Tackling bureaucracy is essential. Dearbhail McDonald rightly identifies that the delay by the Banks and the stalling of proceedings leading to families chained to houses that they will never be able to repay, is part of a huge problem in Ireland. The negative equity crisis could be short-term but based on the Deutsche report it could be decades. Add to this the 100,000 people awaiting social housing and the crisis coming down the road in the buy-to let-market and we need some consolidated think tank with an entrepreneurial mindset like Mr VanGestel to put a halt to the blundering City Council ineptitude before it gets into full belt with the bleet we have no funds!.
Camelot tackled the local authorities. It created a scale model. It tackled the legal structures in each country to establish exemptions to tenancy laws for temporary tenants. He then tackled the Governments and persuaded them that to the advantages of keeping buildings occupied. Certain countries created a tariff system to make owners of buildings liable but this creates its own problems when local authorities begin to count on these tariffs as income for the council, a little like the property tax. Van Gestel promotes occupation not squatting or non utility.
Camelot now operates in 6 countries. The financial crisis is good for the company in that tenants are less fearful about having to leave quickly. The revenues are increasing by 30% a year, hitting Stg£20m 2011 up from £15 m in 2010 – not bad! Their properties include bankrupt bread factories, former convents, abandoned theme parks. Camelot consists of department for database entry, IT department, with software developers in India. His motivation is about keeping his employees challenged.
It is not all bad in Ireland but we have a long way to go. We need vision but it must be motivated by the common good and public good.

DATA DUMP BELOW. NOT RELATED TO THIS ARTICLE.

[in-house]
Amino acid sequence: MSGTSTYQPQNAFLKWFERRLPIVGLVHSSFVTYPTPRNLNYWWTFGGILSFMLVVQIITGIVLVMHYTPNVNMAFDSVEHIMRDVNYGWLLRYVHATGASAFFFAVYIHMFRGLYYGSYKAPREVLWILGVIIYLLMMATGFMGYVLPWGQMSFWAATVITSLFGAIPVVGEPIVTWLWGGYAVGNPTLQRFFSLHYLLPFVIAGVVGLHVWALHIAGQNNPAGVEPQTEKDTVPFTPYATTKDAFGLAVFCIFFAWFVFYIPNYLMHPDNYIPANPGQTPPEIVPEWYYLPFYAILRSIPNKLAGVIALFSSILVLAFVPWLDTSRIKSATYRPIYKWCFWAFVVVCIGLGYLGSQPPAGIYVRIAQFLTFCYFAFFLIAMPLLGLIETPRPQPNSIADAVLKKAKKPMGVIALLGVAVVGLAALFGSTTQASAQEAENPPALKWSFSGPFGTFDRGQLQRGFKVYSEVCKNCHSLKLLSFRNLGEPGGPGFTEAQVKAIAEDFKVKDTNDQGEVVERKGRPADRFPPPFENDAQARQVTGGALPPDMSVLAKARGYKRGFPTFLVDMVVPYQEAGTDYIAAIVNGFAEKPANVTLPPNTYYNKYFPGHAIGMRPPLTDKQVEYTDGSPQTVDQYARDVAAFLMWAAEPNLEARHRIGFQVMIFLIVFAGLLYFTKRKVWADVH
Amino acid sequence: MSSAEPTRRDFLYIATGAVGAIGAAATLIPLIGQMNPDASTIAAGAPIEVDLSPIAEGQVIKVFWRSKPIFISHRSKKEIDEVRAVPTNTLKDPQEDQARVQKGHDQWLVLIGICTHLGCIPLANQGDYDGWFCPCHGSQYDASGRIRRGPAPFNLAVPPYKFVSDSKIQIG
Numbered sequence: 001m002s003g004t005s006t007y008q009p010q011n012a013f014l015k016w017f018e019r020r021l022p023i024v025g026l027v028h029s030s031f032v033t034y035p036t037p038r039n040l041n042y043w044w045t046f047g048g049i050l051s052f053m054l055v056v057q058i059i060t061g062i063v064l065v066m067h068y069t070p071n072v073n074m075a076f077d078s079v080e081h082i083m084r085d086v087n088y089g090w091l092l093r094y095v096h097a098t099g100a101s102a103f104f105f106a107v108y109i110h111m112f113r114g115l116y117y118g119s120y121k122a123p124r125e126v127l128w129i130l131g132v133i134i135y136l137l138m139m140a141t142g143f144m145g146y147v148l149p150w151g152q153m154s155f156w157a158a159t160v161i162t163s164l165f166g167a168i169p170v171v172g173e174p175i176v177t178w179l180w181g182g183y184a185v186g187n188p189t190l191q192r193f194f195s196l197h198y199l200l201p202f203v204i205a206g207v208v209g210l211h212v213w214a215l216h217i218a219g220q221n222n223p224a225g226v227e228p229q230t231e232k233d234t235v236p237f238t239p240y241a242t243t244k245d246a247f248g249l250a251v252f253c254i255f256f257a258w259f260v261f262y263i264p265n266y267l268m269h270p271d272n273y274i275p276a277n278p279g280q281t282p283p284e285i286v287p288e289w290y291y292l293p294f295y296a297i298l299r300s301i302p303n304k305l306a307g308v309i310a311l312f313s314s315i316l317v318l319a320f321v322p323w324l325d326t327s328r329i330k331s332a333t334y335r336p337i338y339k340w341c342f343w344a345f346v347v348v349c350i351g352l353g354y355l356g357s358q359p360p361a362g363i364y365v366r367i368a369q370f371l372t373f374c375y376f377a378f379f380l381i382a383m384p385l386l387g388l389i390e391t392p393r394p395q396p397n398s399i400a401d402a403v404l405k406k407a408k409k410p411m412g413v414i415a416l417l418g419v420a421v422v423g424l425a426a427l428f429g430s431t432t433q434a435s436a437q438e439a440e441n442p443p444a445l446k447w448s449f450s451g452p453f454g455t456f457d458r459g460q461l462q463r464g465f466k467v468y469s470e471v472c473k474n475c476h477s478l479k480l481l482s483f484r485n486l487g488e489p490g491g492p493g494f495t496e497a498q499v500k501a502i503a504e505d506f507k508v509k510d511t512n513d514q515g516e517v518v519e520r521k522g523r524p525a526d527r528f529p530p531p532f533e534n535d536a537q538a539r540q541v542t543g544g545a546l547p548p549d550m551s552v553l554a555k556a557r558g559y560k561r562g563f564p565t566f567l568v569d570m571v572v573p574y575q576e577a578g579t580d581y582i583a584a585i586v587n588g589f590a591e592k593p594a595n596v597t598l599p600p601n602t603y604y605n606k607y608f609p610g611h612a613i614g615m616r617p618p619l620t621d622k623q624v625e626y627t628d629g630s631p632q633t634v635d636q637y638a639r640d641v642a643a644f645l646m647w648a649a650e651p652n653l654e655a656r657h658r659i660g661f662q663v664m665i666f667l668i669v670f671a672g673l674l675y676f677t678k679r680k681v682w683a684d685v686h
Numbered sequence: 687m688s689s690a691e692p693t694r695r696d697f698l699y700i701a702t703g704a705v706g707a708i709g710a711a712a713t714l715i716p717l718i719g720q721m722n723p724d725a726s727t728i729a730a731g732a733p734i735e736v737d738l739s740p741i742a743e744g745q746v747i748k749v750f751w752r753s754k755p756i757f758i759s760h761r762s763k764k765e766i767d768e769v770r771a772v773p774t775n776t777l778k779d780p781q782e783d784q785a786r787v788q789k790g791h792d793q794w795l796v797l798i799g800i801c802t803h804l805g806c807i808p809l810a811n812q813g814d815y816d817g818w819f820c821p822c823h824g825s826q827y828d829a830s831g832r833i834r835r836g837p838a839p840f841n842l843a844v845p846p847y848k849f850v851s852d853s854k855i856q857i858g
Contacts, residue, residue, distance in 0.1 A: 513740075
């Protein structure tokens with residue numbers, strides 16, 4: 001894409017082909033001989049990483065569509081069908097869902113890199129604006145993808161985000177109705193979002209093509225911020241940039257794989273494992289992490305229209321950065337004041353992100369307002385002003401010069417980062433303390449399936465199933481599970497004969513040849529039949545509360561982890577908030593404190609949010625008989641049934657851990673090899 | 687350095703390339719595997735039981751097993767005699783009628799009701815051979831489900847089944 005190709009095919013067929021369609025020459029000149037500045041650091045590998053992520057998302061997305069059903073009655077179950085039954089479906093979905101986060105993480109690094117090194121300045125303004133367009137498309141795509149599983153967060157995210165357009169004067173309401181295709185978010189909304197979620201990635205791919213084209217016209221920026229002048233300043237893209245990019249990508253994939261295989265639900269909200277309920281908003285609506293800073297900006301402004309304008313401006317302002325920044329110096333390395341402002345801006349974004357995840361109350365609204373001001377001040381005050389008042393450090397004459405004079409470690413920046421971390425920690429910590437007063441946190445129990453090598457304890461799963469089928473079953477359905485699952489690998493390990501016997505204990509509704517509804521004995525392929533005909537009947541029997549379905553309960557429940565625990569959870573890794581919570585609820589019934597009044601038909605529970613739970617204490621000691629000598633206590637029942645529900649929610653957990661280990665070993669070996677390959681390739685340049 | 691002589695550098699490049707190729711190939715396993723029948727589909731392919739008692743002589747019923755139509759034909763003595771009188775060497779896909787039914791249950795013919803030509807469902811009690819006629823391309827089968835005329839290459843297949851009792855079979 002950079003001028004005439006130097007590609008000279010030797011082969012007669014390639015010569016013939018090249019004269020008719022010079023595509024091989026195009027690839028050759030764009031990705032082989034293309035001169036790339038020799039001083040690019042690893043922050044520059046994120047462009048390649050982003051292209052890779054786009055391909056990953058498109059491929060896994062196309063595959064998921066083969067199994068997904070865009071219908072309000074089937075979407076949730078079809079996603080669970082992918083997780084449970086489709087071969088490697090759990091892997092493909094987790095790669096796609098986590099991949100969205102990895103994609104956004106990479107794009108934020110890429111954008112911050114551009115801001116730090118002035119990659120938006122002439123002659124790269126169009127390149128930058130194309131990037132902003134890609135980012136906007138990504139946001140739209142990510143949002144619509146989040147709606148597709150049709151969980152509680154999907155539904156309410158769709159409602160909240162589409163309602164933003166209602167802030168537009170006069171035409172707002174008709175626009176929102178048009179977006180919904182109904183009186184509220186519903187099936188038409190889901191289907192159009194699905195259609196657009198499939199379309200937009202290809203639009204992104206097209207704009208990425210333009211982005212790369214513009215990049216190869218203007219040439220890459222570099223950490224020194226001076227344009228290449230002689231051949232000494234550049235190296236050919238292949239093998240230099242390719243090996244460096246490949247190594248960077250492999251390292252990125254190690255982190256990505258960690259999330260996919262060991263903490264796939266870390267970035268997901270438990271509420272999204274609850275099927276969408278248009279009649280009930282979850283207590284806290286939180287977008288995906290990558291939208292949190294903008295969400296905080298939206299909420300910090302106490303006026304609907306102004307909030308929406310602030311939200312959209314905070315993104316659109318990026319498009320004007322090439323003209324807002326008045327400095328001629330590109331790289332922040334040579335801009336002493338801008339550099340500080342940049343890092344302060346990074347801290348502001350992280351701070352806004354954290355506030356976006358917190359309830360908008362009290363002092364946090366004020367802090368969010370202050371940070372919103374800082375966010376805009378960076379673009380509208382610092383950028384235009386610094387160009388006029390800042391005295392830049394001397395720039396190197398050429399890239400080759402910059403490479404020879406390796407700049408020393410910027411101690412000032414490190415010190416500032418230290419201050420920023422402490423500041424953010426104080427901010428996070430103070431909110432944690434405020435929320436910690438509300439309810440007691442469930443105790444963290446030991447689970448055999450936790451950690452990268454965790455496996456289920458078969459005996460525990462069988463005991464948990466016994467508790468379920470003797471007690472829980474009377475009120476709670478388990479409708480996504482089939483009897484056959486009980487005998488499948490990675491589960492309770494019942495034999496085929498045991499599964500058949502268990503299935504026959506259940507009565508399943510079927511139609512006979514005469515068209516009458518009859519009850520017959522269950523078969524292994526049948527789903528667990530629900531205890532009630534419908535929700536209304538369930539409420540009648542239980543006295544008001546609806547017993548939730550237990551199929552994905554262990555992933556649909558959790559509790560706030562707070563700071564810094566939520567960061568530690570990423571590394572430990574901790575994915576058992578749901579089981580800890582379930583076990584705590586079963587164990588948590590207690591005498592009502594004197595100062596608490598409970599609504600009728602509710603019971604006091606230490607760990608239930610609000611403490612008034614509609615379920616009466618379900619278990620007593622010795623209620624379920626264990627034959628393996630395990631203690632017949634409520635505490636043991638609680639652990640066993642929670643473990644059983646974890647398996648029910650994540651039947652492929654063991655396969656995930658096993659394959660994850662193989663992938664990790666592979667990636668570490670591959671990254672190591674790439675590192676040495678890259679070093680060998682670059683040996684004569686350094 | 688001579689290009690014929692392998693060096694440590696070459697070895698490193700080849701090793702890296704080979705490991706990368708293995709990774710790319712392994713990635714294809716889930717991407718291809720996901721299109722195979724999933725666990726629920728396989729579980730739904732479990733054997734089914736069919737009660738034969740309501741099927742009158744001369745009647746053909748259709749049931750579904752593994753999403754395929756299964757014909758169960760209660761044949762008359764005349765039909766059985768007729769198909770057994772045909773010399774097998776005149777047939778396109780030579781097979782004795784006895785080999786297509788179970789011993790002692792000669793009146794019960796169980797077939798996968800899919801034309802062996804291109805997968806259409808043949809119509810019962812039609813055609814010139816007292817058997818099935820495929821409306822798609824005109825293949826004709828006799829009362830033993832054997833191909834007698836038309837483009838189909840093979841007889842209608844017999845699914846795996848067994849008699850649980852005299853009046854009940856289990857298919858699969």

Initiatives exist. ‘Come in from the Cold’ is in place by the Simon Community, Focus Ireland and St. Vincent de Paul. It is a tiny step (21 only homes) but let it be the start of something new. The aim in Cork for this Christmas is that every person will have access to a hostel while others will have their own home. As Focus Ireland’s Ger Spillane said “We are guaranteeing landlords a monthly rent, ongoing maintenance of their properties and an assuarance that their property will be returned in its original state at the end of the lease. We will support every tenant as long as its necessary”. Its not a bad deal for the landlords. Too many landlords became victims to bad tenancy arrangements during the Celtic Tiger and the dis-interest of estate agencies and the lack of effectiveness of state agencies like the PRTB especially in the area of rent subsidies.
The public private partnerships for the like of O’Devaney Gardens may have failed but this at least is a start of people using their mental capacity to ensure people have the right to a home.
Sunday December 23rd, 2012
|Subject:||Ghost estates or displaced by motorways, by Michelle Clarke (Chestnut) Urban abandonments and dereliction|
|Date:||Sun, 23 Dec 2012 19:53:13 +0000|
|To:||Corporate Admin <CAdmin@tourismireland.com>, Corporate Coleraine <CColeraine@tourismireland.com>, Clare Finglas <firstname.lastname@example.org>, email@example.com, firstname.lastname@example.org, Jimmy Deenihan <email@example.com>, Leo.Varadkar@Oireachtas.ie <Leo.Varadkar@Oireachtas.ie>, Shane Clarke <SClarke@tourismireland.com>, gatheringireland <firstname.lastname@example.org>|
by Ex Commie.Sun Dec 23, 2012 18:49
Capitalism always recovers.
Communism is Dead
Reviewed February 2019